Also, NATO and America have lied so much during my lifetime that it made me just incapable of believing anything they had to say. It just turned out that this time, when it was most important, they were right. That's why setting a precedent I believe is so important. Nobody believes a liar.

So if the fate of the world lies in my gut feeling, then you have nothing to worry about for the moment. Hehe.

- - - - - -

@Misuzu

You're way more erudite on east Asia than I am. In the case of China though I hear that a lot of people are pissed off about Xi Jinping's changes to the constitution which permit him to govern for longer than was previously permissible. Is that true and do you have an opinion on that?
Post 07 Aug 2022, 18:29
I just wanted to post an interesting angle to the situation surrounding Taiwan. It’s one I didn’t know about previously and it certainly put things into perspective for me.

Quote:
One aspect of Nancy Pelosi’s trip to Taiwan that has been largely overlooked is her meeting with Mark Lui, chairman of the Taiwan Semiconductor Manufacturing Corporation (TSMC). Pelosi’s trip coincided with US efforts to convince TSMC – the world’s largest chip manufacturer, on which the US is heavily dependent – to establish a manufacturing base in the US and to stop making advanced chips for Chinese companies.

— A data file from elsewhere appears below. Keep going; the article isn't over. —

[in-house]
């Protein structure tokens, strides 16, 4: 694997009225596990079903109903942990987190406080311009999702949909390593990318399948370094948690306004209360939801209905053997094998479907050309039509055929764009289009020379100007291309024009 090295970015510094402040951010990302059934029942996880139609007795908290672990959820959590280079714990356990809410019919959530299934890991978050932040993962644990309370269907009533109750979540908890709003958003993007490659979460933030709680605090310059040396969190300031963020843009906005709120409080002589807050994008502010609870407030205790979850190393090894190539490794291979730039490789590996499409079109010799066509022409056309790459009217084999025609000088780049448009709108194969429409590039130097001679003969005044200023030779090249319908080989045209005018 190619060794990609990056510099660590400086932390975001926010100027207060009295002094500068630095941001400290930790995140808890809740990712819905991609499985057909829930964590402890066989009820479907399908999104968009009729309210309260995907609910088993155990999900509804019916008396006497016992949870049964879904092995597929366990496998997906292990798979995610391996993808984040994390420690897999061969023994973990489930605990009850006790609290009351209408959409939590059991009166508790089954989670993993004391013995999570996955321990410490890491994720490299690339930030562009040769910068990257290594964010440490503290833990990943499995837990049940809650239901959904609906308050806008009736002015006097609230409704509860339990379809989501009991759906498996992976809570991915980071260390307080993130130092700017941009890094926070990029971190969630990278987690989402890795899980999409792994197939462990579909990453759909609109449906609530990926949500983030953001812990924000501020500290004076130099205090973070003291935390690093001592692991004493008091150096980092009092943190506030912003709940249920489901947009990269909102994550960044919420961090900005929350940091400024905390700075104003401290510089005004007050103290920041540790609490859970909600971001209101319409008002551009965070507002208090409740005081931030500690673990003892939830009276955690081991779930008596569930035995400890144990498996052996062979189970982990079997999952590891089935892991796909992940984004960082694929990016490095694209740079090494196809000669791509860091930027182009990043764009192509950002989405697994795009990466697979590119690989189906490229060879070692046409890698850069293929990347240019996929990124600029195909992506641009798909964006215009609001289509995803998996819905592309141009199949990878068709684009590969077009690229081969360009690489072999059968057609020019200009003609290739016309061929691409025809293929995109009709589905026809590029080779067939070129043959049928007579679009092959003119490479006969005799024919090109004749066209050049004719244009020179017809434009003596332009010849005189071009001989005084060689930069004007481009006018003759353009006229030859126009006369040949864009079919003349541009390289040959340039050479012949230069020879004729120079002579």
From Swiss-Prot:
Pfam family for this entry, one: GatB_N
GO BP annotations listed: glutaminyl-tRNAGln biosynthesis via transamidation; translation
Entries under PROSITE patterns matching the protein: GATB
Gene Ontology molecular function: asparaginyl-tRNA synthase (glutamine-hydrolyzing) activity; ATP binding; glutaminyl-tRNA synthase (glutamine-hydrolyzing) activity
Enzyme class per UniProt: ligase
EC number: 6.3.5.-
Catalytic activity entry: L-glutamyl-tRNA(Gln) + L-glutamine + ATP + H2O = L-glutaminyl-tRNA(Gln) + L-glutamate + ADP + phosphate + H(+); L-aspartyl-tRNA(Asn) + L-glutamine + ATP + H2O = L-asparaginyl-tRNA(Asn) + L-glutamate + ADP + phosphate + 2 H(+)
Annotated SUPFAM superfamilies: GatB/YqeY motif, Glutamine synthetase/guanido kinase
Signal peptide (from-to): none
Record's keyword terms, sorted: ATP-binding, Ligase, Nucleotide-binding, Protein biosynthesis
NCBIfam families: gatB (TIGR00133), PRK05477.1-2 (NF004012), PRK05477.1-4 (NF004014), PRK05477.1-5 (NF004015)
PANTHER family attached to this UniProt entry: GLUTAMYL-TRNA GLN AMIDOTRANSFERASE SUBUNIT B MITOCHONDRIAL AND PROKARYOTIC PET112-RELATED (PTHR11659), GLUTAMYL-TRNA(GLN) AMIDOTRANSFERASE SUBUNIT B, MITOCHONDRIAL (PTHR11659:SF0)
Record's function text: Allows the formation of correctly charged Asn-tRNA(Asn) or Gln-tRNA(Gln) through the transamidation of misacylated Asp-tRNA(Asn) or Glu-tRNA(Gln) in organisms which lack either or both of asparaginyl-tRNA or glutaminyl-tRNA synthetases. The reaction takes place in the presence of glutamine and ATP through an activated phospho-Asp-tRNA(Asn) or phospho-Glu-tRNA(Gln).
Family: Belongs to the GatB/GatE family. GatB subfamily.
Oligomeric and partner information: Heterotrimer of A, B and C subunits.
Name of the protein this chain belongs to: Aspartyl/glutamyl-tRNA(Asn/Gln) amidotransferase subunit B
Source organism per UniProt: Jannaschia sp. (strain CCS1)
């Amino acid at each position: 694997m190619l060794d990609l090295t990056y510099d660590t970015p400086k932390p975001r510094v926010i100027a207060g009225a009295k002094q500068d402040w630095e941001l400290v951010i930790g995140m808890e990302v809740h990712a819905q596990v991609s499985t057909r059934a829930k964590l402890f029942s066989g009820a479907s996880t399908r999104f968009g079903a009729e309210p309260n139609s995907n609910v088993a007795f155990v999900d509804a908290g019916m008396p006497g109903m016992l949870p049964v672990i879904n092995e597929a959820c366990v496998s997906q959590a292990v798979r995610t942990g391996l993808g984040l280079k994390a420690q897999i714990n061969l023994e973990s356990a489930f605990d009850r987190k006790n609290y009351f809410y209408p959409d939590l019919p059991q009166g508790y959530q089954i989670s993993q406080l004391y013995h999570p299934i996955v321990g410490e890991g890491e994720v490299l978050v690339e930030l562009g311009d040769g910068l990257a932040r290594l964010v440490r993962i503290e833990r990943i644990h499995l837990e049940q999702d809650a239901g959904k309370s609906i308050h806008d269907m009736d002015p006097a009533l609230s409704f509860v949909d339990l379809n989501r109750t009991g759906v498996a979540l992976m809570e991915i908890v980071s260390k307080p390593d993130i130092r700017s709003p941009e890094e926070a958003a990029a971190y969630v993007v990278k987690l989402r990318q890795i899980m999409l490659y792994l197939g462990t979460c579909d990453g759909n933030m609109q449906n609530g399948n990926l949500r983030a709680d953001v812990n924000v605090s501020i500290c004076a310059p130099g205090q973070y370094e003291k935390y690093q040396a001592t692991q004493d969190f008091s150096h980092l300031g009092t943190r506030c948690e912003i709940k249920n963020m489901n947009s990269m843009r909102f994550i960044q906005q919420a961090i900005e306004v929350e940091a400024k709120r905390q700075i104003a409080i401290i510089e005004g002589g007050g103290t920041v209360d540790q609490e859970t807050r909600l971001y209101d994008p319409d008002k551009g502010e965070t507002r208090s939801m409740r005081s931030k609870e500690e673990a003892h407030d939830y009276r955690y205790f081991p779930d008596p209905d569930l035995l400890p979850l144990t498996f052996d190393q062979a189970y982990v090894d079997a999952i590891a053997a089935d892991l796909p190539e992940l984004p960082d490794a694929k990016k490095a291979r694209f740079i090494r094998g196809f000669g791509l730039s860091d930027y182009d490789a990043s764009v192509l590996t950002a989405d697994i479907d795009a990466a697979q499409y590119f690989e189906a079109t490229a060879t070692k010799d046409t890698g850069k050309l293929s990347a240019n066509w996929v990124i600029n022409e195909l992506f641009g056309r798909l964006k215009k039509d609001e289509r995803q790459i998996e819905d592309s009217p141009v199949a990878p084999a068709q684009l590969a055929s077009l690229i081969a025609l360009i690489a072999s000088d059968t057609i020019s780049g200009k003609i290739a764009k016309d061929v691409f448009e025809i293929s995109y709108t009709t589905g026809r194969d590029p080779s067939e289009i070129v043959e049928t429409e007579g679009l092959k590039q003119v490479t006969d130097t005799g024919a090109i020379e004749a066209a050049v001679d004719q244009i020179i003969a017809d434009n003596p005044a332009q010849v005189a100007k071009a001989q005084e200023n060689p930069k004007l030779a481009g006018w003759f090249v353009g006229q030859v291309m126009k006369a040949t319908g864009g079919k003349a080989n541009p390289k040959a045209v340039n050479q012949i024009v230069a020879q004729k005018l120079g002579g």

US support for Taiwan has historically been based on Washington’s opposition to communist rule in Beijing, and Taiwan’s resistance to absorption by China. But in recent years, Taiwan’s autonomy has become a vital geopolitical interest for the US because of the island’s dominance of the semiconductor manufacturing market.

Semiconductors – also known as computer chips or just chips – are integral to all the networked devices that have become embedded into our lives. They also have advanced military applications.

Transformational, super-fast 5G internet is enabling a world of connected devices of every kind and a new generation of networked weapons. With this in mind, US officials began to realise during the Trump administration that US semiconductor design companies, such as Intel, were heavily dependent on Asian-based supply chains for the manufacturing of their products.

In particular, Taiwan’s position in the world of semiconductor manufacturing is a bit like Saudi Arabia’s status in OPEC. TSMC has a 53% market share of the global foundry market (factories contracted to make chips designed in other countries). Other Taiwan-based manufacturers claim a further 10% of the market.

As a result, the Biden administration’s 100-Day Supply Chain Review Report says, “The United States is heavily dependent on a single company – TSMC – for producing its leading-edge chips.” The fact that only TSMC and Samsung (South Korea) can make the most advanced semiconductors (five nanometres in size) “puts at risk the ability to supply current and future [US] national security and critical infrastructure needs” .

This means that China’s long-term goal of reunifying with Taiwan is now more threatening to US interests. In the 1971 Shanghai Communique and the 1979 Taiwan Relations Act, the US recognised that people in both mainland China and Taiwan believed that there was “One China” and that they both belonged to it. But for the US it is unthinkable that TSMC could one day be in territory controlled by Beijing.


Source: Taiwan dominates the world’s supply of computer chips – no wonder the US is worried